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FCA to build new plant in Detroit for the next Jeep Grand Cherokee

The factory will build the next Grand Cherokee and a three-row Jeep.

FCA announced Tuesday that it plans to build a new factory in Detroit. The factory won't be brand-new, but rather will be built on the site of the company's existing Mack Avenue Engine Complex, with the conversion process costing $1.6 billion. The plant is earmarked to build the next-generation Jeep Grand Cherokee and Jeep's long-awaited three-row SUV.

FCA says the factory would also be used to build plug-in hybrid variants, as well as offering the "flexibility" for pure-electric versions of those vehicles down the road. Construction on the plant is intended to begin by the end of the second quarter of this year, with the first three-row SUVs set to roll off the line by the end of 2020 and the next-gen Grand Cherokee arriving in the first half of 2021. The plant conversion is expected to add 3,850 jobs.

A rendering of how the Mack Avenue facility will look after the conversion process.

FCA

The main factory plan won't happen in a vacuum and is part of a big shuffle at Jeep production plants in Michigan. For instance, FCA would spend $900 million to overhaul the Jefferson North Assembly Plant so it can build the Dodge Durango and next-gen Grand Cherokee. Meanwhile, production of the Pentastar V6 engine at the existing Mack plant will relocate to FCA's Dundee plant.

Tuesday's announcement also included details on production of two other new Jeep models. FCA will retool its Warren Truck plant to build the Jeep Wagoneer and Grand Wagoneer, "as well as their electrified counterparts," from early 2021. Those models were officially confirmed way back in 2017. That alone is expected to add 1,400 jobs, FCA said. The factory will also continue to build the Ram 1500 Classic -- also known as the outgoing Ram pickup -- to meet customer demand.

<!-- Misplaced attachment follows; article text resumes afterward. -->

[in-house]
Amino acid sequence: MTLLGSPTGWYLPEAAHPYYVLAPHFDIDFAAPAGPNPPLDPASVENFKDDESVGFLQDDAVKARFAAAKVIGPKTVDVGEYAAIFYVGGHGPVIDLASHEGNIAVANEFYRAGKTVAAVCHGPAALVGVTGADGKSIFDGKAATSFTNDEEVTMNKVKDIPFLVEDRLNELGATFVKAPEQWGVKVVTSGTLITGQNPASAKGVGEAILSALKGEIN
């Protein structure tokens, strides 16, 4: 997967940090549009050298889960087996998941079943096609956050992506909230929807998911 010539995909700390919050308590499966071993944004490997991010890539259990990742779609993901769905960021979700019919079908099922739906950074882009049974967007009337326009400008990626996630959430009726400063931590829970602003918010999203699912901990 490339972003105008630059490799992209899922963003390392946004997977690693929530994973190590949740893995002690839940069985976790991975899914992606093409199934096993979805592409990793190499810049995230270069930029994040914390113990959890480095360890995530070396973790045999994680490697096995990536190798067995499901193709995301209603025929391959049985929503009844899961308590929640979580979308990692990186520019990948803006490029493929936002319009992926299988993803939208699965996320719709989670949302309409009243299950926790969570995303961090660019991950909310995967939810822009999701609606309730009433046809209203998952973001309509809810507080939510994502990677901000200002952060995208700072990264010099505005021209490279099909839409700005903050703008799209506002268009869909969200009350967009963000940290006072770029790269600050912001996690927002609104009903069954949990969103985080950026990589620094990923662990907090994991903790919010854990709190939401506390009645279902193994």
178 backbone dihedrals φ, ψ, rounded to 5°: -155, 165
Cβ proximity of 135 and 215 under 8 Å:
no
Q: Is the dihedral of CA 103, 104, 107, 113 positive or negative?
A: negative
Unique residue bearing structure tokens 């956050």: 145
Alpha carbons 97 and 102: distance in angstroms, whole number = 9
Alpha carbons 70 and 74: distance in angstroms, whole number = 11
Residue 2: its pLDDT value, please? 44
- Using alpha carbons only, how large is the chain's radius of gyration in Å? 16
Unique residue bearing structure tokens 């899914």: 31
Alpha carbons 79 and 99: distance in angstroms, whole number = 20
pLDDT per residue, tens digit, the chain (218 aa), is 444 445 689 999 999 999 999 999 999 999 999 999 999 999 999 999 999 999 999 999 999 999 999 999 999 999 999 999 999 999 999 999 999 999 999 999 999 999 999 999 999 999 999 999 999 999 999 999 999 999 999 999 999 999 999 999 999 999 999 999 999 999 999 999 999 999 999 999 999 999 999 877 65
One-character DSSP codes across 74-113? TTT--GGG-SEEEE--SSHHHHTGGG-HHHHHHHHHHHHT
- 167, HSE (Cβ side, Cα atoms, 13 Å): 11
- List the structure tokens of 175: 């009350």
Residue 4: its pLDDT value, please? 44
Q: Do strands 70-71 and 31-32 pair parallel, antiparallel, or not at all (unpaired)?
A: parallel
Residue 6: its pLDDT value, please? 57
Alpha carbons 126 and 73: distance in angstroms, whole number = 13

Jeep outlined its future product plans, including the three-row model, Wagoneer and Grand Wagoneer, in this slide from 2018.

FCA

FCA says that the factory announcements reflect its deliberate pivot from small cars to the far more popular -- and more profitable -- Jeep and Ram brands.

"Today's announcement represents the next step in that strategy. It allows Jeep to enter two white space segments that offer significant margin opportunities and will enable new electrified Jeep products, including at least four plug-in hybrid vehicles and the flexibility to produce fully battery-electric vehicles," FCA CEO Mike Manley said in a statement.

FCA has signed a memorandum of understanding with the city of Detroit with regard to acquiring property that'll be needed for the factory expansions and updates, and the city now has 60 days to respond. FCA also says that the announcements are contingent on "development packages with the state and other local governments," likely meaning tax breaks.